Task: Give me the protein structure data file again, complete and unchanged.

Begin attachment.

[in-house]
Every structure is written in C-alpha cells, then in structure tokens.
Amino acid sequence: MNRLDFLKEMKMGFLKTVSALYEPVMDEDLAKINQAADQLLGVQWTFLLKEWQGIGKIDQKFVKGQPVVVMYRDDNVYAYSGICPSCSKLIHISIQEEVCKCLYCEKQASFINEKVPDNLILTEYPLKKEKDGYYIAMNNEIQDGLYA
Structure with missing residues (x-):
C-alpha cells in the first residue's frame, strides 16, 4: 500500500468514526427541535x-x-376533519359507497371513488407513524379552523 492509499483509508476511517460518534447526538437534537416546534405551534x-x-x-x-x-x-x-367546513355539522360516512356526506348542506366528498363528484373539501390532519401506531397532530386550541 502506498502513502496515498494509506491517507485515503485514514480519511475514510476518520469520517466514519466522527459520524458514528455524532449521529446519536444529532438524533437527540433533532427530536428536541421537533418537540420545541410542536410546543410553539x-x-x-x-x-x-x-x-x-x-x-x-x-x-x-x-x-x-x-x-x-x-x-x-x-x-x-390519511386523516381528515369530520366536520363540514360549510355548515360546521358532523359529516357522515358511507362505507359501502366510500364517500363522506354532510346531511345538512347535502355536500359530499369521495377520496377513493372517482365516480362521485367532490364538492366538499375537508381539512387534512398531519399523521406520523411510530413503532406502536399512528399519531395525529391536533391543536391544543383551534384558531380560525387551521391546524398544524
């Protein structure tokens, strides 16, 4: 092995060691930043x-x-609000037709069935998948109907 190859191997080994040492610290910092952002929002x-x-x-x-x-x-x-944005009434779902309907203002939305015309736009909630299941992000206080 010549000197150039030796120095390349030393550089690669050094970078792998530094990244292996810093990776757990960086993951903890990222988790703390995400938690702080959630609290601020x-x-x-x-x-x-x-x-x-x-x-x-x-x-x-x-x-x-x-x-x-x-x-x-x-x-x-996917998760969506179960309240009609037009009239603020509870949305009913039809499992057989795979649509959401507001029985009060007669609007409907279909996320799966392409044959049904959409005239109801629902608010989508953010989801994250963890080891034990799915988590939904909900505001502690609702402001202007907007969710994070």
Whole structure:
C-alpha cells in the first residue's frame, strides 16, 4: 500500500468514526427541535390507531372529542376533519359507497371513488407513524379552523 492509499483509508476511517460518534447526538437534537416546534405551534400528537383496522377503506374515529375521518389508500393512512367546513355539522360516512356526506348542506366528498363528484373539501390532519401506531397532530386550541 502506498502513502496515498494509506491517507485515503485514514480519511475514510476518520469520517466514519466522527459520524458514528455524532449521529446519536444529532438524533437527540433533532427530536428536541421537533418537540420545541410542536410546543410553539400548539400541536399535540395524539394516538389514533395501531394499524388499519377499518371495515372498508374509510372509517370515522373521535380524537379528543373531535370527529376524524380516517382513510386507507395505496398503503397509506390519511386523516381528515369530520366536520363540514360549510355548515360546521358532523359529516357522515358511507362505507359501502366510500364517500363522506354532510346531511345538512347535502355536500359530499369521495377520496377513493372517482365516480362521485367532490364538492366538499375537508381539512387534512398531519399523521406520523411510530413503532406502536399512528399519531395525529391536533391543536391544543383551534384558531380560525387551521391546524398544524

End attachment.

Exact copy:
[in-house]
Every structure is written in C-alpha cells, then in structure tokens.
Amino acid sequence: MNRLDFLKEMKMGFLKTVSALYEPVMDEDLAKINQAADQLLGVQWTFLLKEWQGIGKIDQKFVKGQPVVVMYRDDNVYAYSGICPSCSKLIHISIQEEVCKCLYCEKQASFINEKVPDNLILTEYPLKKEKDGYYIAMNNEIQDGLYA
Structure with missing residues (x-):
C-alpha cells in the first residue's frame, strides 16, 4: 500500500468514526427541535x-x-376533519359507497371513488407513524379552523 492509499483509508476511517460518534447526538437534537416546534405551534x-x-x-x-x-x-x-367546513355539522360516512356526506348542506366528498363528484373539501390532519401506531397532530386550541 502506498502513502496515498494509506491517507485515503485514514480519511475514510476518520469520517466514519466522527459520524458514528455524532449521529446519536444529532438524533437527540433533532427530536428536541421537533418537540420545541410542536410546543410553539x-x-x-x-x-x-x-x-x-x-x-x-x-x-x-x-x-x-x-x-x-x-x-x-x-x-x-390519511386523516381528515369530520366536520363540514360549510355548515360546521358532523359529516357522515358511507362505507359501502366510500364517500363522506354532510346531511345538512347535502355536500359530499369521495377520496377513493372517482365516480362521485367532490364538492366538499375537508381539512387534512398531519399523521406520523411510530413503532406502536399512528399519531395525529391536533391543536391544543383551534384558531380560525387551521391546524398544524
């Protein structure tokens, strides 16, 4: 092995060691930043x-x-609000037709069935998948109907 190859191997080994040492610290910092952002929002x-x-x-x-x-x-x-944005009434779902309907203002939305015309736009909630299941992000206080 010549000197150039030796120095390349030393550089690669050094970078792998530094990244292996810093990776757990960086993951903890990222988790703390995400938690702080959630609290601020x-x-x-x-x-x-x-x-x-x-x-x-x-x-x-x-x-x-x-x-x-x-x-x-x-x-x-996917998760969506179960309240009609037009009239603020509870949305009913039809499992057989795979649509959401507001029985009060007669609007409907279909996320799966392409044959049904959409005239109801629902608010989508953010989801994250963890080891034990799915988590939904909900505001502690609702402001202007907007969710994070």
Whole structure:
C-alpha cells in the first residue's frame, strides 16, 4: 500500500468514526427541535390507531372529542376533519359507497371513488407513524379552523 492509499483509508476511517460518534447526538437534537416546534405551534400528537383496522377503506374515529375521518389508500393512512367546513355539522360516512356526506348542506366528498363528484373539501390532519401506531397532530386550541 502506498502513502496515498494509506491517507485515503485514514480519511475514510476518520469520517466514519466522527459520524458514528455524532449521529446519536444529532438524533437527540433533532427530536428536541421537533418537540420545541410542536410546543410553539400548539400541536399535540395524539394516538389514533395501531394499524388499519377499518371495515372498508374509510372509517370515522373521535380524537379528543373531535370527529376524524380516517382513510386507507395505496398503503397509506390519511386523516381528515369530520366536520363540514360549510355548515360546521358532523359529516357522515358511507362505507359501502366510500364517500363522506354532510346531511345538512347535502355536500359530499369521495377520496377513493372517482365516480362521485367532490364538492366538499375537508381539512387534512398531519399523521406520523411510530413503532406502536399512528399519531395525529391536533391543536391544543383551534384558531380560525387551521391546524398544524